Processing gender agreement

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Figure 5. Word Repetition Task (WRT): Difference in mean reaction times between ungrammatical and grammatical conditions by canonicity.

(M = 832) and ungrammatical phrases (M = 838). The ANOVA for the L2 learners revealed no effect for 2 = .23). There grammaticality (F (1,33) = .06, p = .94, p was a signicant canonicity by grammaticality interaction 2 = .26). for this group as well (F(1,33) 25.81, p < .0001, p The canonical nouns showed the expected pattern, but non-canonical nouns show a pattern that is the opposite of what was expected: the L2 learners repeated noncanonical nouns in ungrammatical phrases faster (M = 795) than non-canonical nouns in grammatical phrases (M = 825) (t(33) = 9.44, p = .004), while canonical nouns in grammatical phrases were repeated faster (M = 775) than in ungrammatical phrases (M = 804) (t(33) = 4.16, p < .0001). Figure 5 plots the difference in RTs between ungrammatical phrases and grammatical phrases by canonicity. In summary, although the three groups showed a canonicity by grammaticality interaction, the patterns and directions of the interactions were different. The native speakers and the heritage speakers showed a grammaticality effect overall and with canonical nouns. Grammaticality did not have an effect for non-canonical nouns in these two groups. The L2 learners patterned in the right direction with canonical nouns, but showed a grammaticality effect in the opposite direction with non-canonical nouns, showing no overall effect of grammaticality unlike the other two groups. This result is consistent with our hypothesis that, when it comes to grammatical knowledge and native-like processing, heritage speakers appear to exhibit more native-like patterns than L2 learners in less explicit tasks. Discussion Unlike native speakers of Spanish who do not usually make errors, heritage speakers and L2 learners make errors with gender agreement in noun phrases. Even though heritage speakers and L2 learners differ from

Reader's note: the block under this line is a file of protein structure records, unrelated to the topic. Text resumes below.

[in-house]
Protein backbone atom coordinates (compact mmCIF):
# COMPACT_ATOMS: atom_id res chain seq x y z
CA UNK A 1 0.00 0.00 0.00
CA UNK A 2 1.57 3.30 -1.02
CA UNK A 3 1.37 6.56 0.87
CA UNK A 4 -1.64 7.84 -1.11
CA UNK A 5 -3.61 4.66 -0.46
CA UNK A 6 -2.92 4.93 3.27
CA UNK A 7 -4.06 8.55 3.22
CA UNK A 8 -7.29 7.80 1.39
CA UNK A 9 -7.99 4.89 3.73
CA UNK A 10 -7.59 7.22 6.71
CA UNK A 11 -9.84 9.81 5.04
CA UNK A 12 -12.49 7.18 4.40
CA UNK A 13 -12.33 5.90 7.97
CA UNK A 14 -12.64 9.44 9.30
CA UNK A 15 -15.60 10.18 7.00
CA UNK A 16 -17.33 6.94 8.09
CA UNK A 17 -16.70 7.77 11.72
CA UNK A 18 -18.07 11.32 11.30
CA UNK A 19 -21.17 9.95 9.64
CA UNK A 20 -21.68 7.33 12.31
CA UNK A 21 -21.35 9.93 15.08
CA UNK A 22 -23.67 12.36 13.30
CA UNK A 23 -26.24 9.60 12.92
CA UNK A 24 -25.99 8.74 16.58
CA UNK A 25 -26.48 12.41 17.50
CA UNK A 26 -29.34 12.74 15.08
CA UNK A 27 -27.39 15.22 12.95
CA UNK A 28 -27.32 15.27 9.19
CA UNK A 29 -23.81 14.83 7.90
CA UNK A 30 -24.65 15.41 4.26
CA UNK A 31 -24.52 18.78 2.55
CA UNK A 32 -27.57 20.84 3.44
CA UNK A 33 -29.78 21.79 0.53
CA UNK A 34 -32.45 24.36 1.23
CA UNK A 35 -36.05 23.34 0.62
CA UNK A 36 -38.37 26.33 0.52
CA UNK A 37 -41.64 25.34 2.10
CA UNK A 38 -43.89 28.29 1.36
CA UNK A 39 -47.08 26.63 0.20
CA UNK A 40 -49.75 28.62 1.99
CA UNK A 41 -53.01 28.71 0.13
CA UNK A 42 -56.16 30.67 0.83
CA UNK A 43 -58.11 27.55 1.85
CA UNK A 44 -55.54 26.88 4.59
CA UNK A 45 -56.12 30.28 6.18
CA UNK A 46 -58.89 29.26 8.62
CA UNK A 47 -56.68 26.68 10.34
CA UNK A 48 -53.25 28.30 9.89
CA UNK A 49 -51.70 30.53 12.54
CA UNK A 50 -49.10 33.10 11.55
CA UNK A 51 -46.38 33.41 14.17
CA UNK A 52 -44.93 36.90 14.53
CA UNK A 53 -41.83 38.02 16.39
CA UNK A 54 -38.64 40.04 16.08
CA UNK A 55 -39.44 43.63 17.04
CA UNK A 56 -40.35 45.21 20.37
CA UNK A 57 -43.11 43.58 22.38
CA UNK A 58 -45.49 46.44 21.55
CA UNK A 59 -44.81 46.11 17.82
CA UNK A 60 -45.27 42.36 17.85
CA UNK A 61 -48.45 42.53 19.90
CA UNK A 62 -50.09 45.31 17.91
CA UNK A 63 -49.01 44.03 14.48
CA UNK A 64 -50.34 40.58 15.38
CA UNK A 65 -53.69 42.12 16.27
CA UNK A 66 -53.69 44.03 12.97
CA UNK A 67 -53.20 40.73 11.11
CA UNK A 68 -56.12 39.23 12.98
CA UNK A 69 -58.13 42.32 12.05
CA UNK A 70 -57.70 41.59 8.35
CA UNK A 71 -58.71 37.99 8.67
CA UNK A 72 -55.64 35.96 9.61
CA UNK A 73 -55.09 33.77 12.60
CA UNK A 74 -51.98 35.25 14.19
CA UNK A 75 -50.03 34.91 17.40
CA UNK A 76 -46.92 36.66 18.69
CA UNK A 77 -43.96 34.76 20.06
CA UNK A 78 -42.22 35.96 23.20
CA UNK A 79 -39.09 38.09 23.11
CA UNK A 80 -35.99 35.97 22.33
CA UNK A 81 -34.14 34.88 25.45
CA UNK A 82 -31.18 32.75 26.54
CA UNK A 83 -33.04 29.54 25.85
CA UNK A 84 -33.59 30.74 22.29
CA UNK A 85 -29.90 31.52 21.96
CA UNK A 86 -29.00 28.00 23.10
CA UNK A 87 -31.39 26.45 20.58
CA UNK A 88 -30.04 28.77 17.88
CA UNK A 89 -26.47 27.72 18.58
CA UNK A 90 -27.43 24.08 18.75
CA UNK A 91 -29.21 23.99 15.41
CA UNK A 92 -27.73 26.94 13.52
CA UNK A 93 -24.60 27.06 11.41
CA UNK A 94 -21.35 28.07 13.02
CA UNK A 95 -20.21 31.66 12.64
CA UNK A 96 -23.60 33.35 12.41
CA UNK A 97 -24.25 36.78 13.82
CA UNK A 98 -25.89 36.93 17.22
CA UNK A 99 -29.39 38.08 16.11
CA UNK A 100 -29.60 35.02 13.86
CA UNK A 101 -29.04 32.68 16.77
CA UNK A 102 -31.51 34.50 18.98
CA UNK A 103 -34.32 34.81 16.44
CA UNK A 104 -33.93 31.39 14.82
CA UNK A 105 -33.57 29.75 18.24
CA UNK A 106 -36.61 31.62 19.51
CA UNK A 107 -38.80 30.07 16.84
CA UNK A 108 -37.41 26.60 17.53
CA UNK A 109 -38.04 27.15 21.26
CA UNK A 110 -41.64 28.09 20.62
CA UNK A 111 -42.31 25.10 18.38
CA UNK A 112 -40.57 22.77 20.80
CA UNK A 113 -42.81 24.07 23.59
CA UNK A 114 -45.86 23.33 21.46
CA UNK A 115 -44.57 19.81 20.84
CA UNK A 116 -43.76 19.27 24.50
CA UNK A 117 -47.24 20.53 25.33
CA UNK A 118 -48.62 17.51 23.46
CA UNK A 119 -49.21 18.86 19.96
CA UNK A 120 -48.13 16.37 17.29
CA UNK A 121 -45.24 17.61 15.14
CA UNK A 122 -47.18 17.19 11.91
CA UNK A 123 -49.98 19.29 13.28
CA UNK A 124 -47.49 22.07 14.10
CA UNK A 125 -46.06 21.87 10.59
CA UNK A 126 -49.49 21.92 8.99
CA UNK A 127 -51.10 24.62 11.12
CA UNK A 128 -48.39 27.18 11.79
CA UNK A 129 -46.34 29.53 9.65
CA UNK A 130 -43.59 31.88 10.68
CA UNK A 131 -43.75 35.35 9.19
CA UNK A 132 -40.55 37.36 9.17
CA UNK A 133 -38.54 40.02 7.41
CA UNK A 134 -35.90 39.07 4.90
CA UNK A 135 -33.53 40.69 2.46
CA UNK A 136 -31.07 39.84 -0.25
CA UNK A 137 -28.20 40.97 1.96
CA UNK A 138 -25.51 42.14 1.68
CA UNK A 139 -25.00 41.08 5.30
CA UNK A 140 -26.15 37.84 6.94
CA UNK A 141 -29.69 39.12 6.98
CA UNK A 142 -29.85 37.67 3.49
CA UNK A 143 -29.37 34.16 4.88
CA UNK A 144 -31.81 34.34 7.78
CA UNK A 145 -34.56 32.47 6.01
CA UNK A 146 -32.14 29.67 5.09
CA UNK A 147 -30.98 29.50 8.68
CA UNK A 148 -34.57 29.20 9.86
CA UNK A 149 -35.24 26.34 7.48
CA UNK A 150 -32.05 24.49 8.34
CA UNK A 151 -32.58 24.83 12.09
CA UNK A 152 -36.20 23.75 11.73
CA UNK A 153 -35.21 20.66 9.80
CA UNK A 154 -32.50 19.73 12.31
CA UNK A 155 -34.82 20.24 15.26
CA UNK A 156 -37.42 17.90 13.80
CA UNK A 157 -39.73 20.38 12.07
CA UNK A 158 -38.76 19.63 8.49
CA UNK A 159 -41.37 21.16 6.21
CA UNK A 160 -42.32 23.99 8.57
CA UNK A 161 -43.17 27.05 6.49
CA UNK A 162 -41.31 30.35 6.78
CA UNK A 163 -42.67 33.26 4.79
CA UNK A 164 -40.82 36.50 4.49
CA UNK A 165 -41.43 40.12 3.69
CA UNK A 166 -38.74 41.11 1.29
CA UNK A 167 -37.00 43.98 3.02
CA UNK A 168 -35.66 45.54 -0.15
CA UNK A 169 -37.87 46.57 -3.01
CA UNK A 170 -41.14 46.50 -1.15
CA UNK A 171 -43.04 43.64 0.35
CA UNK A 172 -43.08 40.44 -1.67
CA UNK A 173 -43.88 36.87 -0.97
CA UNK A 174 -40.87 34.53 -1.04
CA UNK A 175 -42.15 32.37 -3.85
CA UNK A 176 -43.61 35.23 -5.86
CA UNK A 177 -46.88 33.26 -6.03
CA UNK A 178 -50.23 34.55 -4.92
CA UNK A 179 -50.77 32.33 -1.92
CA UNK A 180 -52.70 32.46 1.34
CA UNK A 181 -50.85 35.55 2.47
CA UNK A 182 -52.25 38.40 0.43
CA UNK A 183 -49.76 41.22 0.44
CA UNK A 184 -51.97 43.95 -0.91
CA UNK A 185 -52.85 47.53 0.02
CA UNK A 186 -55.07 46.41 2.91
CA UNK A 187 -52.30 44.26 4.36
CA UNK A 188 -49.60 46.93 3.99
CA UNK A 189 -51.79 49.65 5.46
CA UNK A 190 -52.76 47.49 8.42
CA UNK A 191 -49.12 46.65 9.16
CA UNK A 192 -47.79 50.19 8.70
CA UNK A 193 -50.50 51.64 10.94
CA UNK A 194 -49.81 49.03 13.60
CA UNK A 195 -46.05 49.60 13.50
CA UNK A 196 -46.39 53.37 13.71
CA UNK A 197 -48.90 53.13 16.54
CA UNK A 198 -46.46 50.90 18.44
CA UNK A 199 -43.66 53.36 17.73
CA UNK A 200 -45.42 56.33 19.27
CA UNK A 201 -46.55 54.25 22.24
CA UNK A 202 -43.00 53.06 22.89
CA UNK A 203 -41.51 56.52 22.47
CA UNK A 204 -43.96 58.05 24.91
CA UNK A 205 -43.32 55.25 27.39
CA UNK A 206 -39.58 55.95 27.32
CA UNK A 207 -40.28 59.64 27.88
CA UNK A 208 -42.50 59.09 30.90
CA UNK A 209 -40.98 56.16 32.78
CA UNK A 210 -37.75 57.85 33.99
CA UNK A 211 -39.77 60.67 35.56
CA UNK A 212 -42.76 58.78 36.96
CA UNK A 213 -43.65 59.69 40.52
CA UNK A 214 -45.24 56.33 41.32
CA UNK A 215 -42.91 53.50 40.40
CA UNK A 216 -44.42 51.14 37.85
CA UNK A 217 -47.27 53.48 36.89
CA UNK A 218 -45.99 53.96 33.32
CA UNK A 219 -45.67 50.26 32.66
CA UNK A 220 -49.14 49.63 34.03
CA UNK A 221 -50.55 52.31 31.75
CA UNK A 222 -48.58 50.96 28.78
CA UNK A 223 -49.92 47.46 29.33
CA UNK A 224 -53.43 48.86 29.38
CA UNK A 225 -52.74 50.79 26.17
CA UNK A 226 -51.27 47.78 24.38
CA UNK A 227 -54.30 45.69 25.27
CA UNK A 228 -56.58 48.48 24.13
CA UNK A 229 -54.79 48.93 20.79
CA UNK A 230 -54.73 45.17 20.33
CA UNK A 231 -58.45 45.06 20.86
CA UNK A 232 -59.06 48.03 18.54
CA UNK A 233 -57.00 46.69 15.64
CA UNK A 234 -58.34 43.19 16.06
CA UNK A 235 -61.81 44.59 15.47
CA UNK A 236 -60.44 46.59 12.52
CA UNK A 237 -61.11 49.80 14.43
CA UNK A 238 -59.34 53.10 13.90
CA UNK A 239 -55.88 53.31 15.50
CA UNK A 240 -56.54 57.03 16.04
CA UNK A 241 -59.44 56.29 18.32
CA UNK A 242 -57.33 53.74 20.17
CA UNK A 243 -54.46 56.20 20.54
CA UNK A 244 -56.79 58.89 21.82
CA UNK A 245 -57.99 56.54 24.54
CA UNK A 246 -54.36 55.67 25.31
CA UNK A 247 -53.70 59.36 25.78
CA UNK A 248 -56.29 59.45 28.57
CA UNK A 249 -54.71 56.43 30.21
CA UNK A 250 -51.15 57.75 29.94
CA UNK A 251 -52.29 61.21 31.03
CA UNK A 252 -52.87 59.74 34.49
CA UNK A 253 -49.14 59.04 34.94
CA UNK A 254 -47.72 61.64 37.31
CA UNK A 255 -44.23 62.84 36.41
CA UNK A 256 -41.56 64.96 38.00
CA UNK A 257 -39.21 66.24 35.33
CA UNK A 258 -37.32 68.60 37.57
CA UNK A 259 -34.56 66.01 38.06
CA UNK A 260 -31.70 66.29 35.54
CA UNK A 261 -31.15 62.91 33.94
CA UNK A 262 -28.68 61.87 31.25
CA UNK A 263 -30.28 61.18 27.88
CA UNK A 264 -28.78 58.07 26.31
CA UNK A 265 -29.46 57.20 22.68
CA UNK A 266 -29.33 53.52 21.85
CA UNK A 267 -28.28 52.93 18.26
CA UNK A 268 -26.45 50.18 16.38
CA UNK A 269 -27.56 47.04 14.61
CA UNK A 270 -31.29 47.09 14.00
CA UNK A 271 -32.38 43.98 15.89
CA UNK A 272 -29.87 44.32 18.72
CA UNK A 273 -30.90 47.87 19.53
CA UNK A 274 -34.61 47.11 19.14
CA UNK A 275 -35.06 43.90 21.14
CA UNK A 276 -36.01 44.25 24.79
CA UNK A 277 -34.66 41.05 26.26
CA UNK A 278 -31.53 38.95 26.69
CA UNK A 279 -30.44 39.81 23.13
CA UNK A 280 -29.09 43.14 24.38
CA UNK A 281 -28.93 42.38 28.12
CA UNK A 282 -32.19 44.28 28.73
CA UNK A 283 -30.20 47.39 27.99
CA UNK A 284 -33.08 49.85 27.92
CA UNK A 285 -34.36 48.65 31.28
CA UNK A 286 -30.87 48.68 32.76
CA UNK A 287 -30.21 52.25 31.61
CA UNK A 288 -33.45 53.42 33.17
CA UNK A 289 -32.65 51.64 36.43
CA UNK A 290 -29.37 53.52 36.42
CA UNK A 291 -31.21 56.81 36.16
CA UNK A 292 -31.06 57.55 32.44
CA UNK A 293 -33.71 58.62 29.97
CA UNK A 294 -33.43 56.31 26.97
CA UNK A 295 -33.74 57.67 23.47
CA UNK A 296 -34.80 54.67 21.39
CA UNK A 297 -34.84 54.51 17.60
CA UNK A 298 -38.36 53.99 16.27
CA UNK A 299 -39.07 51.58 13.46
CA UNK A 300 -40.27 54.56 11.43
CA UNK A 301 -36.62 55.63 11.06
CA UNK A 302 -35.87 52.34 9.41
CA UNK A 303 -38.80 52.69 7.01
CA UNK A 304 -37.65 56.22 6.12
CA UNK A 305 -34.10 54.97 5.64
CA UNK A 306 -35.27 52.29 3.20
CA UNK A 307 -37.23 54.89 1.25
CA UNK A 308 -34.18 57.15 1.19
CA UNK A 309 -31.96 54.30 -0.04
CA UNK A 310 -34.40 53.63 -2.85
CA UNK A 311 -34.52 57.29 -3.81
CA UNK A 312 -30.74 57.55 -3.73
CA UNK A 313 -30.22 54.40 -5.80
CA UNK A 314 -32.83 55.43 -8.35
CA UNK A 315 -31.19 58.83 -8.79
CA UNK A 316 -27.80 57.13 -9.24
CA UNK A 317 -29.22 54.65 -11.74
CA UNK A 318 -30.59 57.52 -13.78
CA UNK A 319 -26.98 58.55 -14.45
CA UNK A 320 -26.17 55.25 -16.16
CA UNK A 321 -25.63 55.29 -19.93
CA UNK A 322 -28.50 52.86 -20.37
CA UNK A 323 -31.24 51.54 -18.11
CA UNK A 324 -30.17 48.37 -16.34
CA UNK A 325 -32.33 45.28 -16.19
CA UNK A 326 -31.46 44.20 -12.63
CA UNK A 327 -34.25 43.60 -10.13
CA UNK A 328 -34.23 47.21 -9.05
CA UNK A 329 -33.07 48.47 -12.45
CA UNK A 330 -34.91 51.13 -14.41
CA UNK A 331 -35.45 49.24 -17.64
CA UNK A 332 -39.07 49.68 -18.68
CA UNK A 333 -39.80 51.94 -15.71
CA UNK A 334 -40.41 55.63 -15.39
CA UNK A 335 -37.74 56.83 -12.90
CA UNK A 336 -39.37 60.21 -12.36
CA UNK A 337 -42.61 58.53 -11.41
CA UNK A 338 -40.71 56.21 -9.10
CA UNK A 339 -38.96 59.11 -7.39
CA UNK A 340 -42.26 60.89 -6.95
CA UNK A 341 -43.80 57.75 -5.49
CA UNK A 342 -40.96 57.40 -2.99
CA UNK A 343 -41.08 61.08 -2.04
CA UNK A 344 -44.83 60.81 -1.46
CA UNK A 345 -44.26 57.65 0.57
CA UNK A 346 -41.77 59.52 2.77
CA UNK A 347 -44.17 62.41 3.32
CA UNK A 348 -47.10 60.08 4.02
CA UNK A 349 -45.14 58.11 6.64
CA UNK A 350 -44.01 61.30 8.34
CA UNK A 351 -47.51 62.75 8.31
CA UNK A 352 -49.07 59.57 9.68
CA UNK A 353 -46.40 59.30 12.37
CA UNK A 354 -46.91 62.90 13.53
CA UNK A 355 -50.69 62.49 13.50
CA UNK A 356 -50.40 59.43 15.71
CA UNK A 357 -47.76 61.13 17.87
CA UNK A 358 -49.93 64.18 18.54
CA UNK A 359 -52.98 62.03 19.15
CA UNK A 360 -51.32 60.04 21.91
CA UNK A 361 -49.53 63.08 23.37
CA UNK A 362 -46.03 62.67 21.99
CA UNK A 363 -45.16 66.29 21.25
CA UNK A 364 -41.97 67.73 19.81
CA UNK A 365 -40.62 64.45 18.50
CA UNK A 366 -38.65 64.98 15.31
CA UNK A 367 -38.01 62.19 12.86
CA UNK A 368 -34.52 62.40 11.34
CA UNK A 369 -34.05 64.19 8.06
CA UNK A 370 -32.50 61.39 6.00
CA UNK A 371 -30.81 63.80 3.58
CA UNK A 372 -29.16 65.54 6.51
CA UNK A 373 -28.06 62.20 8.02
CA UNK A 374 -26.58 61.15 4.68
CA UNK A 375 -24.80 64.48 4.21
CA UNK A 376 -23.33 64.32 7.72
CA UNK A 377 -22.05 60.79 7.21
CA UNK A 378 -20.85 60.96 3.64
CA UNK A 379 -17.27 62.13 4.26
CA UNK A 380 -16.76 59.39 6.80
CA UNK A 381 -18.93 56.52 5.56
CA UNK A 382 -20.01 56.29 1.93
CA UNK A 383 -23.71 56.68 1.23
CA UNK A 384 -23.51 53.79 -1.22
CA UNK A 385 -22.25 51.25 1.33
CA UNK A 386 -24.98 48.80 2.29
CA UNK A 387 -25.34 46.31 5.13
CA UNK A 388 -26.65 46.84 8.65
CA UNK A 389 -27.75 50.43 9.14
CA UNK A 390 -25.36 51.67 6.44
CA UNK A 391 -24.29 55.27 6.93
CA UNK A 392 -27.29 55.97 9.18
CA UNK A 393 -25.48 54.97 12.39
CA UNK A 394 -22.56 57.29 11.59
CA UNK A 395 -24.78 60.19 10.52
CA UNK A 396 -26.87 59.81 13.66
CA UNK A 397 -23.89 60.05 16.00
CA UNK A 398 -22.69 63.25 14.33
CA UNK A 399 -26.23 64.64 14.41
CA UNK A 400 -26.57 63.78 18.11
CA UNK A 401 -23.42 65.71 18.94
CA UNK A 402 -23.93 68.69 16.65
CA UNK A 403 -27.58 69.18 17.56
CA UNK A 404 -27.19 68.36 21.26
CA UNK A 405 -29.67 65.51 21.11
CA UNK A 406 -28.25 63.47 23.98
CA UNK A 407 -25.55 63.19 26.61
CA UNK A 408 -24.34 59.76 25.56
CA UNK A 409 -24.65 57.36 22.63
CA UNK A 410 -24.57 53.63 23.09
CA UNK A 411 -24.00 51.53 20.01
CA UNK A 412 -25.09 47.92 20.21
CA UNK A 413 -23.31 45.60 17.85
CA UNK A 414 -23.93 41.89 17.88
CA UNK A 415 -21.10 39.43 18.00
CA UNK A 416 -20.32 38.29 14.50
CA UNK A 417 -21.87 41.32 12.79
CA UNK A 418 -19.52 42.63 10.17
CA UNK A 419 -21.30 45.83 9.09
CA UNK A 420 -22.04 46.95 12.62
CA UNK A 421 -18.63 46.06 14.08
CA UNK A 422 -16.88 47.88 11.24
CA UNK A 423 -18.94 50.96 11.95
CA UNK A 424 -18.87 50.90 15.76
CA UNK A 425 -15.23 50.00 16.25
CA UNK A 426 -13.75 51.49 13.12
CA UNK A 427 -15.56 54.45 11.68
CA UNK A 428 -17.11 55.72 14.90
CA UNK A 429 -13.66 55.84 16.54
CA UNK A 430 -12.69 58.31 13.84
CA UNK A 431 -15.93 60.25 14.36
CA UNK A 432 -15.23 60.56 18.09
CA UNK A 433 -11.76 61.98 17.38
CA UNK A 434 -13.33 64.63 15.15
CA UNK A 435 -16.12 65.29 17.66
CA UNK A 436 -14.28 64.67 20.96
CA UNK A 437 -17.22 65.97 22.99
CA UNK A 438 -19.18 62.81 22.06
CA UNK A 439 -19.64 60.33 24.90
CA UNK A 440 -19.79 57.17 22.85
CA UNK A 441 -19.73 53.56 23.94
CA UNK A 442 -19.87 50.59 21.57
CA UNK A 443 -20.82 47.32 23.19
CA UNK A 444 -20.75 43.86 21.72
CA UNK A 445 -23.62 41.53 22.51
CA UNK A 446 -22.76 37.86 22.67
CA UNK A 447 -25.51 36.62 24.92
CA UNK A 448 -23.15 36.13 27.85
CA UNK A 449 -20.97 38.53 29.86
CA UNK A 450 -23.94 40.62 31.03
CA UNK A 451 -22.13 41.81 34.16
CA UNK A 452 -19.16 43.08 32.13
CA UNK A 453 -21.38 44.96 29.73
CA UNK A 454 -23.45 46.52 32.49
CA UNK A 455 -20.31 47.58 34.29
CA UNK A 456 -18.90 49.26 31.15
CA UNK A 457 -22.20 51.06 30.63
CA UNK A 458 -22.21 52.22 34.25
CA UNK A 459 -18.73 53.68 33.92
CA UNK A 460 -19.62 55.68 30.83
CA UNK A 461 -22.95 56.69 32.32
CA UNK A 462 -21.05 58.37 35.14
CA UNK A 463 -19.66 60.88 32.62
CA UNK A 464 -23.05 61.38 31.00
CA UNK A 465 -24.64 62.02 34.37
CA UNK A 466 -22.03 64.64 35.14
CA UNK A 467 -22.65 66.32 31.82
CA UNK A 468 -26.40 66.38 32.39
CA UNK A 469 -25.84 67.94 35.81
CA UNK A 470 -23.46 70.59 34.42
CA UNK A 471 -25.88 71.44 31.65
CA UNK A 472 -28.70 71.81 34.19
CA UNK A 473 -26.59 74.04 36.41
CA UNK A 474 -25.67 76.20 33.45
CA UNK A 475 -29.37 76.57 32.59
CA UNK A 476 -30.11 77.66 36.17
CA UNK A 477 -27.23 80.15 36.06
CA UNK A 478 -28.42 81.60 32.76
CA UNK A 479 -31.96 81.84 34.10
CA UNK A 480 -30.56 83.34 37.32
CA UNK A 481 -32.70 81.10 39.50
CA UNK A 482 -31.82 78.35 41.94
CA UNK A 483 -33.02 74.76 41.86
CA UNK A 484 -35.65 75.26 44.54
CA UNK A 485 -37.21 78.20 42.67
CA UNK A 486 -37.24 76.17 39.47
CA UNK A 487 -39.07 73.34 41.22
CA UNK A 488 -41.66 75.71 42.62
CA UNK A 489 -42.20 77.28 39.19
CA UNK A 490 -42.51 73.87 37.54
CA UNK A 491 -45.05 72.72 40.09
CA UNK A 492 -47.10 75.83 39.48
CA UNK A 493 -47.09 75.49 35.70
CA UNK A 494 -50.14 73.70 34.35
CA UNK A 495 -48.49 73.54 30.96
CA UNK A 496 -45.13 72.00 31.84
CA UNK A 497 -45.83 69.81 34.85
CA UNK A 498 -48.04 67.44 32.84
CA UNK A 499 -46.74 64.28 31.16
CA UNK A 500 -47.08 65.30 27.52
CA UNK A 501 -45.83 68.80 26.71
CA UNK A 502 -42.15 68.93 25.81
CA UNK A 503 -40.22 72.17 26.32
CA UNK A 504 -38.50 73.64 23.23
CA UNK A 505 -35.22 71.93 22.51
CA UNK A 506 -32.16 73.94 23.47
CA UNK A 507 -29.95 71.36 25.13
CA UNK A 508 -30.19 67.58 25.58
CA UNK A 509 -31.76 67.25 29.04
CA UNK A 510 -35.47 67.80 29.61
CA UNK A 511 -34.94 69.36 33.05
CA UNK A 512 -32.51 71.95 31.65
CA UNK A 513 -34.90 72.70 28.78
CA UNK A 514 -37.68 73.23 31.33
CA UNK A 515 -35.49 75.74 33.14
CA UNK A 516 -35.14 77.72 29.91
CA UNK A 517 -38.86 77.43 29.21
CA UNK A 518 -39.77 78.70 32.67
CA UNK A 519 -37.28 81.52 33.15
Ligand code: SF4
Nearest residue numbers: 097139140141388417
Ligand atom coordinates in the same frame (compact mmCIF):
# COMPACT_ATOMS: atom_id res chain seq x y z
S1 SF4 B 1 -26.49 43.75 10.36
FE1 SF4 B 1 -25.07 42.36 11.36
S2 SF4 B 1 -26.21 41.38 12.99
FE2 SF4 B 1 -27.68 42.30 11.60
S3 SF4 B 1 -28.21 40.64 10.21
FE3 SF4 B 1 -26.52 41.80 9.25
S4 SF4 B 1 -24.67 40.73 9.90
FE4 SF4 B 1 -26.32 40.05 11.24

Spanish native speakers in their level of prociency and ultimate attainment in the language, one of the goals of the present study was to investigate whether age of acquisition and early language experience provides advantages (i.e., more target-like performance) to Spanish heritage speakers over L2 learners with gender processing, since they were exposed to the language in early childhood, when gender agreement is acquired and mastered by Spanish-speaking children. Previous studies comparing these two groups on off-line tasks found task effects by which L2 learners outperformed heritage speakers in written tasks while heritage speakers outperformed L2 learners in less metalinguistic tasks and, particularly, in oral production (Alarcn, 2011; Bowles, 2011; Montrul et al., 2008, 2013). To minimize the effects of written language and potential reliance on metalinguistic ability, the present study implemented a different methodology. We used three on-line spoken word recognition tasks with systematic variation on the type of response required of each task to tap knowledge and processing of gender more or less implicitly. Similar tasks have detected sensitivity to gender violations in native speakers of French (Guillelmon & Grosjean, 2001) and of Italian (Bates et al., 1995, 1996). Guillelmon and Grosjean found that late bilinguals (L2 learners of French whose L1 was English) were not sensitive to gender violations in noun phrases in a word repetition task, while early bilinguals and native speakers were. Their study, however, did not address whether L2 learners would be equally insensitive to gender agreement violations in more metalinguistic tasks. In the present study we pursued this question by including a gender monitoring task and a grammaticality judgment task. Although the three word recognition tasks employed in this study did not rely on written language, they still varied in their degree of explicitness due to the type of response required by the participants. The GMT and the GJT required participants to decide whether the nouns were feminine or masculine or whether the phrases